I’ve always been 5ft 8in. One inch below average. And generally, I was OK with that.
What I lacked in stature, I made up for in confidence.
But when a recent body scan revealed I am, in fact, 5ft 7in, my world fell apart. I wept, though the tears didn’t have far to fall.
You see, 5ft 7in is Tom Cruise, Moby and Kim Jong-un territory. These men are all famed short-arses (among other things, of course).
I’m not alone in feeling cut short. One UCLA study found that only 25% of men my size are satisfied with their height.
I turned to fashion for some quick-fix solutions and, thanks to trendsetters such as Harry Styles (6ft) and the 1975’s Matt Healy (5ft 11in), heels for men are hot right now.
Calvin Klein, Balenciaga and Jimmy Choo have all introduced elevated Cuban-heeled boots into their collections.
Designer Marc Jacobs recently stepped out wearing a pair of £900 Rick Owens boots with a 5in heel. If it’s good enough for these style gods, it’s good enough for me.
It doesn’t help that I’m married to a woman who loves heels. At 5ft 7in, when Stephanie puts on a pair, she towers over me. Hand in hand we look like a ringmaster leading a stooped chimp around the circus tent.
Eager to reclaim my missing inch, I bought some affordable men’s “elevated shoes” online to restore my self-esteem.
'I GOT A REAL POWER TRIP'
I picked out two pairs of 2in Cuban-heeled boots from ASOS – one plain black and the other silver snakeskin, for special occasions.
For everyday wear, I picked a pair of black glitter high-top boots with a 3in sole. And in case of funerals or job interviews, I ordered a pair of plain black Dr Martens lace-ups with a 2in sole.
Pulling on the black boots, the first thing that struck me was how narrow they were. Then when I stood up, those two inches were surprisingly noticeable and I forgot about any discomfort. Instead, I got a real power trip from it.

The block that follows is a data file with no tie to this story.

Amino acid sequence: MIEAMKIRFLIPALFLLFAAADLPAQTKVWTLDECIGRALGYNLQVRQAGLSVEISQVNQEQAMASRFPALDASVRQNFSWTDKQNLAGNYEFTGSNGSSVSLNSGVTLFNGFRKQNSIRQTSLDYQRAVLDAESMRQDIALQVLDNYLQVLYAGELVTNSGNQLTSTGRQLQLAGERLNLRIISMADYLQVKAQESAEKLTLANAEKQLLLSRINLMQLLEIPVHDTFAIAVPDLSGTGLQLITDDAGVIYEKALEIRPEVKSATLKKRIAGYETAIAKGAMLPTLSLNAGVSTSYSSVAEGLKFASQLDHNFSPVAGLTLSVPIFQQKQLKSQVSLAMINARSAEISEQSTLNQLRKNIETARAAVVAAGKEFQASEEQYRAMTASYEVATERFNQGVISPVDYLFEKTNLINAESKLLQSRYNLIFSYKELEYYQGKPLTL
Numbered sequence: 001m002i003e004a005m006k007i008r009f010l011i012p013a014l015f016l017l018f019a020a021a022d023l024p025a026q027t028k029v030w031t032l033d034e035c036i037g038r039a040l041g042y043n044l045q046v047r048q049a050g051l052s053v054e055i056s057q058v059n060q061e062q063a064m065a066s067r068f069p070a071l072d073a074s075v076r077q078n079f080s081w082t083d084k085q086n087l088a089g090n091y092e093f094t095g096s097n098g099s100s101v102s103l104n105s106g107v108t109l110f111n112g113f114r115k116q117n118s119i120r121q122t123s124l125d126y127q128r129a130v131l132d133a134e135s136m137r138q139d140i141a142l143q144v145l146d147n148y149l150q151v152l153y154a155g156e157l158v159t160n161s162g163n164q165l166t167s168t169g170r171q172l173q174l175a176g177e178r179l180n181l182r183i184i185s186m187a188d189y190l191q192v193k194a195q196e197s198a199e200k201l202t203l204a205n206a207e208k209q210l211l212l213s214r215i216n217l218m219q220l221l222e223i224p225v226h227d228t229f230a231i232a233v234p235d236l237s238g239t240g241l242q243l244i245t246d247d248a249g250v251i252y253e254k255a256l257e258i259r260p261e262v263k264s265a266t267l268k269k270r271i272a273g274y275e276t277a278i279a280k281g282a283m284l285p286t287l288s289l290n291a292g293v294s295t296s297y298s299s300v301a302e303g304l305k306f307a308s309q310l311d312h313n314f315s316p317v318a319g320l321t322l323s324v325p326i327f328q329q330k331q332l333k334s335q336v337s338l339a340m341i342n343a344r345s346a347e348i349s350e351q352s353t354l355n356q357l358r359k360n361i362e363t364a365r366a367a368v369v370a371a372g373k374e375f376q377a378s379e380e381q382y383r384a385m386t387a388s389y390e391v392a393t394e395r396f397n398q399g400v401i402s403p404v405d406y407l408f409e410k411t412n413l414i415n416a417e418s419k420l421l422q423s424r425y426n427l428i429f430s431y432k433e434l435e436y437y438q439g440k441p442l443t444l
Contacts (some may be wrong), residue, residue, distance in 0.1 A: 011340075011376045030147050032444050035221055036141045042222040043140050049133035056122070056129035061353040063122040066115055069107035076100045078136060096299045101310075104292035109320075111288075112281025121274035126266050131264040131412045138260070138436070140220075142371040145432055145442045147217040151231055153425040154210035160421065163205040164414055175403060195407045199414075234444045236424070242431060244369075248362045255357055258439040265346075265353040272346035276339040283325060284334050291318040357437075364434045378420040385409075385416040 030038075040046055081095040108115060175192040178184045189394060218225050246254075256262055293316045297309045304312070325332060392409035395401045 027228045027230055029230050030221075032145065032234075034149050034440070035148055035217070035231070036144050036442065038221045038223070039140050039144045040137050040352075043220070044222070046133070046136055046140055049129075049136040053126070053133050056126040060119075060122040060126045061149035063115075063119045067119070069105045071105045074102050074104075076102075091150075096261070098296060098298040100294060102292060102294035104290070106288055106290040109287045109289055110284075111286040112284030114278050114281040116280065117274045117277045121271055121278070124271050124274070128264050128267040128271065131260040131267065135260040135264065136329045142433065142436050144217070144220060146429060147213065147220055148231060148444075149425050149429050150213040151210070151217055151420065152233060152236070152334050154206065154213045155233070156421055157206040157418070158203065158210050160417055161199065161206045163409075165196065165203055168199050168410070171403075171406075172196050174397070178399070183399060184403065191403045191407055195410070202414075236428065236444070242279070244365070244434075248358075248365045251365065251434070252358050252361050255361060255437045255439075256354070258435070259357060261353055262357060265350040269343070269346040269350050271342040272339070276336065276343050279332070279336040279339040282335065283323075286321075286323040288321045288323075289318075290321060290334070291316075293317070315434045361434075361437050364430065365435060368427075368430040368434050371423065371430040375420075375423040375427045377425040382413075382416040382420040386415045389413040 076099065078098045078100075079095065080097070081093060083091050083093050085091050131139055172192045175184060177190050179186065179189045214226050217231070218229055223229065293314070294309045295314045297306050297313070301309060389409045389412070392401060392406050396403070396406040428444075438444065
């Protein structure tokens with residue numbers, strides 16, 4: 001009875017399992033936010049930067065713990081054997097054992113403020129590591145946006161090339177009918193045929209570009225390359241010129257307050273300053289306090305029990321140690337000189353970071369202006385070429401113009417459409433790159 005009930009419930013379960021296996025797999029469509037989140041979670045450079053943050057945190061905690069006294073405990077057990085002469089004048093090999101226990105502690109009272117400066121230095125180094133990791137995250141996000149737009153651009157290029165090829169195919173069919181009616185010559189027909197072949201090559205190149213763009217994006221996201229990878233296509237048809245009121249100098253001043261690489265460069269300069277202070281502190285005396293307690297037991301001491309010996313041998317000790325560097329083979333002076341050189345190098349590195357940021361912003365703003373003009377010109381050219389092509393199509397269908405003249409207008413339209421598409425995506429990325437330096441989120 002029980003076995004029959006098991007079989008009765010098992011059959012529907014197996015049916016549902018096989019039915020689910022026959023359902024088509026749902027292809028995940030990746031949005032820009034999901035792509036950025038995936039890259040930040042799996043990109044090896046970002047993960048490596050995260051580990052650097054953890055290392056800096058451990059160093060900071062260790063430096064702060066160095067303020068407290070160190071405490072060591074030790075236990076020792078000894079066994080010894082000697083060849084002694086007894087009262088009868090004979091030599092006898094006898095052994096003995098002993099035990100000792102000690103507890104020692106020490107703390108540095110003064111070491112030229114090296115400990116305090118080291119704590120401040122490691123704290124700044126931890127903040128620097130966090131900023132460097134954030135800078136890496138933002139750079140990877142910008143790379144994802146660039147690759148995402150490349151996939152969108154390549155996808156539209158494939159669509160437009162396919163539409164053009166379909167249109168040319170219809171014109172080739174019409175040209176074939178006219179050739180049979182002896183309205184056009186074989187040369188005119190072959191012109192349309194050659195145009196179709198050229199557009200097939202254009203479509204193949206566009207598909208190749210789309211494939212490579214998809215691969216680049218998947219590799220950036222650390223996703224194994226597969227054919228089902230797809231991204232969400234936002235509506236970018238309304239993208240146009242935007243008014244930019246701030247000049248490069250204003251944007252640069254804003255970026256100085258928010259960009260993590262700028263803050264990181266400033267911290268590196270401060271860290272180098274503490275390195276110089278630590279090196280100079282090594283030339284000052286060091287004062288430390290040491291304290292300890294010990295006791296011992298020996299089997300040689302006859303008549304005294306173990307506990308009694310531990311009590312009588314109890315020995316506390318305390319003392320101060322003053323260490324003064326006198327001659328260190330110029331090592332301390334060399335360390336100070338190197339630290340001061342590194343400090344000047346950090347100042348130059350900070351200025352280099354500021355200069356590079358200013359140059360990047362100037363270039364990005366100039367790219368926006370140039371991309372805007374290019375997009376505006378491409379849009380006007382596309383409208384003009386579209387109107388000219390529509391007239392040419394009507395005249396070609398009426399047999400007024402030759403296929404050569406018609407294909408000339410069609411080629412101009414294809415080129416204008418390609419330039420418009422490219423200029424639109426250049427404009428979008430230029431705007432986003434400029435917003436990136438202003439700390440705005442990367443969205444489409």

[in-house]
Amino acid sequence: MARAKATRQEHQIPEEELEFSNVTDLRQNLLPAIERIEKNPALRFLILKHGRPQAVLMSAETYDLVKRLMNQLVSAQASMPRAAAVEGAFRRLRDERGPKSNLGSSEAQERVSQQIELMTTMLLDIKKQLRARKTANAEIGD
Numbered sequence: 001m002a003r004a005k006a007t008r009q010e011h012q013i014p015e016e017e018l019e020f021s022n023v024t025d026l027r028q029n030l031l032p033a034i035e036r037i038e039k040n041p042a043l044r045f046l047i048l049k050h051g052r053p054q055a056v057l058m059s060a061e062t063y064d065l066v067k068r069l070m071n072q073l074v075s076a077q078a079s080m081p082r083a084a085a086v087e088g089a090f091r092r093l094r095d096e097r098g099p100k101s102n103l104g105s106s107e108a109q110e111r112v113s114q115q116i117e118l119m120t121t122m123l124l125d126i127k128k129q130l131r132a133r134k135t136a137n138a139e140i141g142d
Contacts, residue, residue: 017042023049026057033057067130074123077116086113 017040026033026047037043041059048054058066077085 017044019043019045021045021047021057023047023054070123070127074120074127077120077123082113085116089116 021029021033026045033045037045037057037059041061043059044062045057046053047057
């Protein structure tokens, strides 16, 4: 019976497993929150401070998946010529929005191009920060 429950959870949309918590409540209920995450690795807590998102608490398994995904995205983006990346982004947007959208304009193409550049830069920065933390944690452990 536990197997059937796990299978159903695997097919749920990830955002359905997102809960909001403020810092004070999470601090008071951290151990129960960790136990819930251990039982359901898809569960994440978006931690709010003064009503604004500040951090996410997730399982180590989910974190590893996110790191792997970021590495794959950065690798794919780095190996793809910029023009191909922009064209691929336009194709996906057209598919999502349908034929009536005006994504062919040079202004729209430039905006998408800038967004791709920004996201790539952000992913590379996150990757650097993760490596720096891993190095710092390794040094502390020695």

The glitter high-tops were perfect for a trip to the supermarket in nearby Cobham, populated by several stylish Premiership footballers.
They were the highest of my heels and, after pulling them on, I had to steady myself. Was it vertigo? Or was the atmosphere thinner at a higher altitude?
On the plus side, the top shelf in the shopping aisles, previously out of bounds, was now accessible. For most of my life I’d missed out on microwaveable wild rice and chipotle tapenade. Not any more.
That evening, my wife returned home perplexed by the pickled walnuts and other new foodstuffs I’d bought.
The following day I took my kids to London to visit an exhibition of artefacts from the tomb of Tutankhamun.
Normally I’d wear trainers with memory-foam insoles, but knowing how King Tut liked a bit of bling, I pulled on the silver boots and gained an instant two inches.
The kids refused to sit next to me on the train, but I, erm, rose above their jibes.
Admittedly, the boots were not the most sensible choice. With blistered feet and my calves screaming in protest, I clip-clopped home, mission accomplished.
And, having got used to seeing her dad in footwear her friends would wear, my 17-year-old daughter was complimentary.
I was starting to wonder why us men have hang-ups about heels. In fact, as TV stylist Mark Heyes, says: “Heels were worn in the 17th century as an indication of power and wealth.
“The Gucci heels we’ve seen on the catwalk inspire an in-your-face style worn with big blouses and bold patterns, as seen on Harry Styles,” he adds.
“If you are going to go for it, you need to be committed to the cause.”
Taking Mark’s advice, the same week, I took the Dr Martens for a walk. I was becoming a heel junkie – I totally get why women love wearing them. I was seeing the world from a new, powerful perspective.
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I found myself Googling “built-up shoes” and found Jago JEL Secret Shoes. This website offers shoes with a height boost of 2.5in, but the clever design includes a secret built-in heel. I ordered some Chelsea boots from them immediately.
A few nights later, I wore them for a meal out and, for the first time, I stood a couple of inches taller than my wife.
Heels may not be every bloke’s fashion choice, but when it comes to gaining that extra inch or two, I’m all for a stacked shoe.